Unifying a Framework of Organizational Culture, Organizational Climate, Knowledge Management, and Job Performance

Unifying a Framework of Organizational Culture, Organizational Climate, Knowledge Management, and Job Performance

Kijpokin Kasemsap (Suan Sunandha Rajabhat University, Thailand)
DOI: 10.4018/978-1-4666-4667-4.ch013
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Abstract

This chapter introduces the framework and causal model of organizational culture, organizational climate, knowledge management, and job performance related to business process orientation. It argues that dimensions of organizational culture, organizational climate, and knowledge management have mediated positive effect on job performance. Knowledge management positively mediates the relationships between organizational culture and job performance and between organizational climate and job performance. Organizational culture is positively related to organizational climate. Furthermore, the author hopes that understanding the theoretical constructs of organizational culture, organizational climate, knowledge management, and job performance through the use of the framework and causal model will not only inform researchers of a better design for studying organizational culture, organizational climate, knowledge management, and job performance, but also assist in the understanding of intricate relationships between different factors.
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Introduction

Organizational effectiveness (i.e., job performance and productivity) depends on business processes designed from a stakeholder perspective (Siemieniuch & Sinclair, 2002). Consequently, improvement of the process design is the key to improve business performance (Hammer, 2007a). Business process orientation is defined as a process oriented thinking and management of organization emphasizing process outputs and customer satisfaction (Hinterhuber, 1995; McCormack, 2007). The concept of business process orientation consists of seven components (Kohlbacher & Gruenwald, 2011): design and documentation of business processes, management commitment toward process orientation, process ownership, process performance measurement, corporate culture in line with the process approach, application of continuous process improvement methodologies, and process-oriented organizational structure. Business process orientation introduces transparency in the organization (Kohlbacher, 2009). Furthermore, the more business process oriented an organization is, the better it performs both from an overall perspective as well as from the perspective of the employees (McCormack et al., 2003).

Likewise, there is a strong relationship between business process orientation and organizational performance (McCormack & Johnson, 2001). The effects of business process orientation on organizational performance are the speed improvements, increasing of customer satisfaction, improvement of quality, reduction of cost, and improvement of financial performance, respectively (Kohlbacher, 2010). By discovering and analyzing an organization’s business processes, non-value adding activities are easily detected (Kohlbacher, 2009). The elimination of non-value adding activities should lead to cost reductions which in turn should lead to improved job performance (Kohlbacher, 2009). Furthermore, Hammer (2007b) stated that business process orientation leads to better financial performance. The results of the empirical study of McCormack and Johnson (2001) provided evidence that business process orientation helps companies to improve business performance and reduce inter-functional conflict. Business process orientation also involves cultural aspects (Hinterhuber, 1995). The cultural fit is an important issue since people and processes must combine to produce output (Armistead & Machin, 1997).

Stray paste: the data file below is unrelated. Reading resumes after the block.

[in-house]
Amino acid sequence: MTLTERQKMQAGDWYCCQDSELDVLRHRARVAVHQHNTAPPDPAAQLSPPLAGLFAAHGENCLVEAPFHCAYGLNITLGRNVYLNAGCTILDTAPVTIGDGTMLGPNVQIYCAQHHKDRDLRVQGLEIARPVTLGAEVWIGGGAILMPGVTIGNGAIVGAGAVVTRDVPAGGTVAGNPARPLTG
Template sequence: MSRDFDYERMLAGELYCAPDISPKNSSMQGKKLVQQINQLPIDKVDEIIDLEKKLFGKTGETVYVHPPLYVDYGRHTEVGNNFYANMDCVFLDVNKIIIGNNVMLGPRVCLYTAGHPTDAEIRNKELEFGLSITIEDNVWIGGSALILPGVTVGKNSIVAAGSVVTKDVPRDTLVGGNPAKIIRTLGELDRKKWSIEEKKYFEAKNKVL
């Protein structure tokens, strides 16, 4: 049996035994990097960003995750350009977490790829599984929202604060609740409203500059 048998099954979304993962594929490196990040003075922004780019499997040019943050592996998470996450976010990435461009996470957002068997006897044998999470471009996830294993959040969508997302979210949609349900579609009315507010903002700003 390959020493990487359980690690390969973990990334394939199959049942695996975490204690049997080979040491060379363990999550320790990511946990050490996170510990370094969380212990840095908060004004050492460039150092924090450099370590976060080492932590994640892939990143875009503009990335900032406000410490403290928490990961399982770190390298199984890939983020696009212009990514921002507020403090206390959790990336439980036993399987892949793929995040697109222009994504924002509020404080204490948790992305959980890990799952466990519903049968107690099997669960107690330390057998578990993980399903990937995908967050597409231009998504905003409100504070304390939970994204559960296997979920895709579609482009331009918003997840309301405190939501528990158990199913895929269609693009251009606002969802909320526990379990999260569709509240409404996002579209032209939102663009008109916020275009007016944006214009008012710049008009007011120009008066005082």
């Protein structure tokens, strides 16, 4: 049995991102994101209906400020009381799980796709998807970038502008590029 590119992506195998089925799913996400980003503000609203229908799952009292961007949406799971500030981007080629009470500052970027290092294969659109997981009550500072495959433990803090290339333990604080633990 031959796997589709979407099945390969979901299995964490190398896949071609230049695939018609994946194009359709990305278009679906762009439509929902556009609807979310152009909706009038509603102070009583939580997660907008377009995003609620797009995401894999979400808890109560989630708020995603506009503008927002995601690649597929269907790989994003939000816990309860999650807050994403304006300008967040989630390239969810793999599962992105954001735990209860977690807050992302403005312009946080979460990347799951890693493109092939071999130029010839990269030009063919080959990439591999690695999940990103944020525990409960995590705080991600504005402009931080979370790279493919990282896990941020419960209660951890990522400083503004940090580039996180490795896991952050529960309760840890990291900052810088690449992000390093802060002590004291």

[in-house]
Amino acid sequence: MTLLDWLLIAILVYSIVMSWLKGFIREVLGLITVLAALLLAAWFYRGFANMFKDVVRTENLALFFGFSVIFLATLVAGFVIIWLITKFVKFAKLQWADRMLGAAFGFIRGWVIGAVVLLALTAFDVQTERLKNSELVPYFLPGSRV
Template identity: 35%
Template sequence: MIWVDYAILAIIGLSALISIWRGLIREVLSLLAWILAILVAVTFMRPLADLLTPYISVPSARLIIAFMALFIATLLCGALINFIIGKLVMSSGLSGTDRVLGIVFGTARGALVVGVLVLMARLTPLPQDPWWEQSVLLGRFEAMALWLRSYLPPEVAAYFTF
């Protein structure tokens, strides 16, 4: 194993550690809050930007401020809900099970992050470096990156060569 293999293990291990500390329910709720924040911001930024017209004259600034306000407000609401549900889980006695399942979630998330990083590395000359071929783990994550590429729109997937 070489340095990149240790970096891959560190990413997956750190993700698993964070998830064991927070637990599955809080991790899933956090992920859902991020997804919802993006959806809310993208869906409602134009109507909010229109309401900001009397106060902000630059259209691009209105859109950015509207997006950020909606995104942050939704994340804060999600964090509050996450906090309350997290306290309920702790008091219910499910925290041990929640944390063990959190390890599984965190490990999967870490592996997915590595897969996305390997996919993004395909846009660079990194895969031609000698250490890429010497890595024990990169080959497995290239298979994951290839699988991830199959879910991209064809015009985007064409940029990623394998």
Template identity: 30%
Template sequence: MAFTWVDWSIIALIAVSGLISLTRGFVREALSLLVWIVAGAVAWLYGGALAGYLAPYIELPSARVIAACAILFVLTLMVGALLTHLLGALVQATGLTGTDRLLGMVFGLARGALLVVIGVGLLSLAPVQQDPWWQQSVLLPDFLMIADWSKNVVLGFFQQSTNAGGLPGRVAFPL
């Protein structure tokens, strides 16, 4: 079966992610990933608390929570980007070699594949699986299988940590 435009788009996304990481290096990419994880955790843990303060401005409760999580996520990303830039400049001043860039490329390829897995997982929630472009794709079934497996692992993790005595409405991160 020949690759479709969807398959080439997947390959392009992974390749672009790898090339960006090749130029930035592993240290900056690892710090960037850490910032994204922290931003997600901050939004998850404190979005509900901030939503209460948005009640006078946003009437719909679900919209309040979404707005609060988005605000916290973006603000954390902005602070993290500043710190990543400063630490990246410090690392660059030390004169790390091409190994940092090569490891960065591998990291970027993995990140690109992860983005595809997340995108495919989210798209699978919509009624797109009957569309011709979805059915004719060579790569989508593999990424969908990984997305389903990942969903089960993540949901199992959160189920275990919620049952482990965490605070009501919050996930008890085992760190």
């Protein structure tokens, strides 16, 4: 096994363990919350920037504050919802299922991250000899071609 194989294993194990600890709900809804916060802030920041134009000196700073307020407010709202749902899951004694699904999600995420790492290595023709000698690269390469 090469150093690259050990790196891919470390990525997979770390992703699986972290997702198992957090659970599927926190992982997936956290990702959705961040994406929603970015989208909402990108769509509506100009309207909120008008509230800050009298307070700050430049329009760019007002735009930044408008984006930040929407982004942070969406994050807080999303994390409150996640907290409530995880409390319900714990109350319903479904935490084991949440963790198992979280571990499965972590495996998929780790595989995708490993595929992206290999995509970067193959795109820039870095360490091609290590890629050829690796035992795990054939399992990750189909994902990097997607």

Only an organizational culture based on teamwork, willingness to change, customer orientation, personal accountability, and a cooperative leadership style goes hand in hand with the process approach (Hammer, 2007b). Hammer (2007b) and Hinterhuber (1995) indicated that the business process orientation leads to higher product quality. A focus on organizational processes has increased in managerial practice (Benner & Veloso, 2008). Business process orientation can be interpreted as the organizational effort required to make business processes the platform for organizational structure and strategic planning (Reijers, 2006; Sabherwal et al., 2001). Furthermore, the aspect of business process orientation is to help firms gain competitive advantage, and, as such, managers facing organizational problems may adopt process management practices as a response to these problems (Kohlbacher & Gruenwald, 2011). The empirical study of Ittner and Larcker (1997) revealed that certain business process management methods improve profitability. Case study research, carried out by Ku¨ng and Hagen (2007) uncovers a positive relationship between business process orientation and product quality.

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